Great abbot and archimandrite of the St. Georgi Zograf monastery (Zographu) on Month Athos. He was a zealous ascetic and was encyclopaedically educated theologian, musicologist, and philologist. Before taking monastic vows, he was a professor of Greek language and church chanting. In the Zograf monastery he established a school of music, translation, and calligraphic transcription. Kalistrat of Zograf was a prominent theoretician of Byzantine neumatic musical notation, a composer and psalmist, an expert in Old Greek, Old Church Slavonic, Modern Greek, and Romanian. He was creating immortal works and translations. Kalistrat of Zograf is maybe the pre-eminent expert on the Byzantine neumatic musicology invented by the renowned ascetic, composer and psalmist, St. John Kukuzel (XII century). Kalistrat�s transcriptions (into Church-Slavic language) of some parts of the Kukuzel�s musical opus will remain remembered as unparalleled mastery. He was the author of the fundamental musical study �Eastern Church Chanting� in four volumes, printed on Holy Mount Athos in 1905. He is the author of several original compositions. The most famous are the Eucharistic canon �Father and Son�� and �It is Worthy��. As the publishing editor in Zograf monastery and a fine expert on a number of classical and modern languages, Kalistrat of Zograf was the first to translate and print the services of St. Clement of Ohrid, St. Nahum of Ohrid and The Saint Seven (Sedmochislenici), from Old Greek into Old Church Slavonic language. He had a reputation of brilliant psalmist. Father Kalistrat reposed in the Zograf monastic koenoniea in 1914. For his humble, contemplative and ascetic life he is revered as one of the dearest spiritual fathers of the Athonic monastery Zograf. His relics are being kept in the Zograf crypt. Father Kalistrat�s contribution to music and philology is re-evaluated in contemporary scientific circles.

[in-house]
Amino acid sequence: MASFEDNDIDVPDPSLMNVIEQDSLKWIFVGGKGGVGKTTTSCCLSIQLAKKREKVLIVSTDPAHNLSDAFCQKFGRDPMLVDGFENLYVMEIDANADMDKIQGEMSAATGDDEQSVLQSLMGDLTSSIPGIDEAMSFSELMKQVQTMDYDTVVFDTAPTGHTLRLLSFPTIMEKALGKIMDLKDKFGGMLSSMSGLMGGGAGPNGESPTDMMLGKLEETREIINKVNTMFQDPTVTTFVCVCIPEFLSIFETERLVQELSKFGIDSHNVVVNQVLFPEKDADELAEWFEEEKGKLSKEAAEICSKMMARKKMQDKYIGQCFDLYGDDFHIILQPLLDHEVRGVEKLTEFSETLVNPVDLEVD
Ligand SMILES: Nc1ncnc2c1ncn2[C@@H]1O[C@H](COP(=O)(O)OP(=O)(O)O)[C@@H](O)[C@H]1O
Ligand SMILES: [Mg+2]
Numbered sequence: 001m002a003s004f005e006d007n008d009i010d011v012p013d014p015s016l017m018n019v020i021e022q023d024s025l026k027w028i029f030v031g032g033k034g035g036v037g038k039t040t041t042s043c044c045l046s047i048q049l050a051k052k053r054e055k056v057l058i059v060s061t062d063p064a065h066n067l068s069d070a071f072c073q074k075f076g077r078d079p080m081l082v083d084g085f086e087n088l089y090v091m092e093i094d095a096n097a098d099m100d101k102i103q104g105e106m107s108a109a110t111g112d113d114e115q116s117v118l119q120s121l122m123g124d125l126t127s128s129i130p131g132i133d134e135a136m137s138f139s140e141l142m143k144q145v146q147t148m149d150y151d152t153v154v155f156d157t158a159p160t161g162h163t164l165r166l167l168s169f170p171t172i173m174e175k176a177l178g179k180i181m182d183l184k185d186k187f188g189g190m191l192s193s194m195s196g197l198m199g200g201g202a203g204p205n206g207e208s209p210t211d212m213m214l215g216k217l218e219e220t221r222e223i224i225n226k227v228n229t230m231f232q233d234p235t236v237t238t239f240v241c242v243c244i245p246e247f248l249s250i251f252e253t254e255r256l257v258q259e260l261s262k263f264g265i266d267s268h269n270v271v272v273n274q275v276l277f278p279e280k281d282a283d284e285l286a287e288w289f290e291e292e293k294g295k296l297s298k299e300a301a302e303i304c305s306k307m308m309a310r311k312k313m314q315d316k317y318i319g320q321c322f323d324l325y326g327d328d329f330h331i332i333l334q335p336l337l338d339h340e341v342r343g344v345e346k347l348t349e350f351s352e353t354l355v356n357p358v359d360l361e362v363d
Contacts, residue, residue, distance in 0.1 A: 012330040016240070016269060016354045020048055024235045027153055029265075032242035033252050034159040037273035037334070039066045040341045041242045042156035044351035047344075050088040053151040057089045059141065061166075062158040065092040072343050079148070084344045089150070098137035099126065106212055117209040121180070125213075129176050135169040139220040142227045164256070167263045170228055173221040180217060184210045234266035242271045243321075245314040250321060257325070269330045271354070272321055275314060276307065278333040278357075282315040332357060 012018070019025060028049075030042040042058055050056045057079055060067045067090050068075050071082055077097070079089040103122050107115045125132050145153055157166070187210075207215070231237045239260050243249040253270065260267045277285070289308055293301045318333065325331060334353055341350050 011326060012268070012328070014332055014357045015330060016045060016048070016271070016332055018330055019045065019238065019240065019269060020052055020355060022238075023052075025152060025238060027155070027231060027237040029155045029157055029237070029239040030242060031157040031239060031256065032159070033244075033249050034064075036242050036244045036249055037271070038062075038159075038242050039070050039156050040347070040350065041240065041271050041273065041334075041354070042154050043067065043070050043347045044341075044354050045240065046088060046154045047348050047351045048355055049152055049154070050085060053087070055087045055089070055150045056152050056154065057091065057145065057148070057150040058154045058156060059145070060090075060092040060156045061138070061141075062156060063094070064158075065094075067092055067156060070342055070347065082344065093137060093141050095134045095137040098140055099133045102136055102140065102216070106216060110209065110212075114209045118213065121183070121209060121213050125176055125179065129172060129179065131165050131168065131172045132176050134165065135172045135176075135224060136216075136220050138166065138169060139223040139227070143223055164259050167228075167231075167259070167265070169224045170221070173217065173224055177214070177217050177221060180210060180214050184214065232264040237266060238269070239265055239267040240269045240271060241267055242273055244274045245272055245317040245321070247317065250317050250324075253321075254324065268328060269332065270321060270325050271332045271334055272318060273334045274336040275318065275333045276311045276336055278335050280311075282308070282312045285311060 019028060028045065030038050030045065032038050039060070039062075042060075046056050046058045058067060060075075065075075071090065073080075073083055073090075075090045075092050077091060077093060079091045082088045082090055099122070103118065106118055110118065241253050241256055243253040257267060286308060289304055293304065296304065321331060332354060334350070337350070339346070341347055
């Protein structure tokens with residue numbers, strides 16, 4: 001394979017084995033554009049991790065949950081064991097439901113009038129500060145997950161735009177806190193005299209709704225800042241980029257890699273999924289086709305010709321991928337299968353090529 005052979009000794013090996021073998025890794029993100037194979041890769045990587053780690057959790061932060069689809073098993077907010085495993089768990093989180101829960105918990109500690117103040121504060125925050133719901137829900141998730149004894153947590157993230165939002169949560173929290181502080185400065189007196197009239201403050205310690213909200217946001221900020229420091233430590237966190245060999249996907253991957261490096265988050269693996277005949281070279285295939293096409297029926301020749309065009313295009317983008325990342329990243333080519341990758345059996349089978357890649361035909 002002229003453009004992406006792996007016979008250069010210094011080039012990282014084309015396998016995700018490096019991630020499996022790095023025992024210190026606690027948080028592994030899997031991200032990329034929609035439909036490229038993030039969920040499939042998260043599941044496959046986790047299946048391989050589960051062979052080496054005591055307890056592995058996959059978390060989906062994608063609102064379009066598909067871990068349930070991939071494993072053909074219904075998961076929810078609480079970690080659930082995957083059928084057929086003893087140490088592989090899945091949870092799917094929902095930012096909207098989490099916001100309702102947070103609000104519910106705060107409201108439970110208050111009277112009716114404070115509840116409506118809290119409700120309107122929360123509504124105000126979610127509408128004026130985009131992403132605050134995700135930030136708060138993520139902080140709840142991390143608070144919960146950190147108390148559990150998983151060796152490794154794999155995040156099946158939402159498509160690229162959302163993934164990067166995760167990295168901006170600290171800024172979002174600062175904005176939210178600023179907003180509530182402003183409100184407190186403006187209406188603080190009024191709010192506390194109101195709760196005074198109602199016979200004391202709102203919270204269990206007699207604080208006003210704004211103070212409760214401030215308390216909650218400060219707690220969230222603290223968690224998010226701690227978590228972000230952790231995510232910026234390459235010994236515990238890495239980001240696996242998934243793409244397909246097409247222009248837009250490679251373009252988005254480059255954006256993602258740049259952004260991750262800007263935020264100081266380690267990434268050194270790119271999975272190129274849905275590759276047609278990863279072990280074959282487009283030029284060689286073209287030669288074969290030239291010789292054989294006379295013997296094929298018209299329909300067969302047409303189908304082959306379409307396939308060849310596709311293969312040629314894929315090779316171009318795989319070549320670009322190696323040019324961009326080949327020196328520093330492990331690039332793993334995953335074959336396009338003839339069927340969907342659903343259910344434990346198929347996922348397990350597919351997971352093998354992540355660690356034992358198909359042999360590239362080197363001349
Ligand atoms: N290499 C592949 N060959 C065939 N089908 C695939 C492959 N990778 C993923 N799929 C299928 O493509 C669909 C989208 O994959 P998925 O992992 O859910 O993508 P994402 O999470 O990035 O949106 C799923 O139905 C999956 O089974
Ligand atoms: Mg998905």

Father Dionysius (Poposki) � born in Struga. Author of some church compositions. The most popular is Gospodi vozvah (Kyrie ekekraksa ?) on 1-st mode.

Father Demetrious (Milev) � do not have any information about him right now.

Anastas Kalajdzi - do not have any information about him right now.

Jance Klenko � (b. ? � d. 1944) do not have any information about him right now.

Sotir Cakar - do not have any information about him right now.

And Father Vladimir Sandjakoski � the last one. According me father Vladimir is the most holy father of our Church and the best chanter. The citizens of Struga used to call him the Slavic Chrisostomos :). I have much material to tell you about him (at the moment I�m writing a PhD thesis on his work) but I please you to excuse me for tonight :) because it�s getting very late here. I promise you to post very soon on the forum the following materials about him:
1. Biography
2. Bibliography
3. Historical sound examples from 1968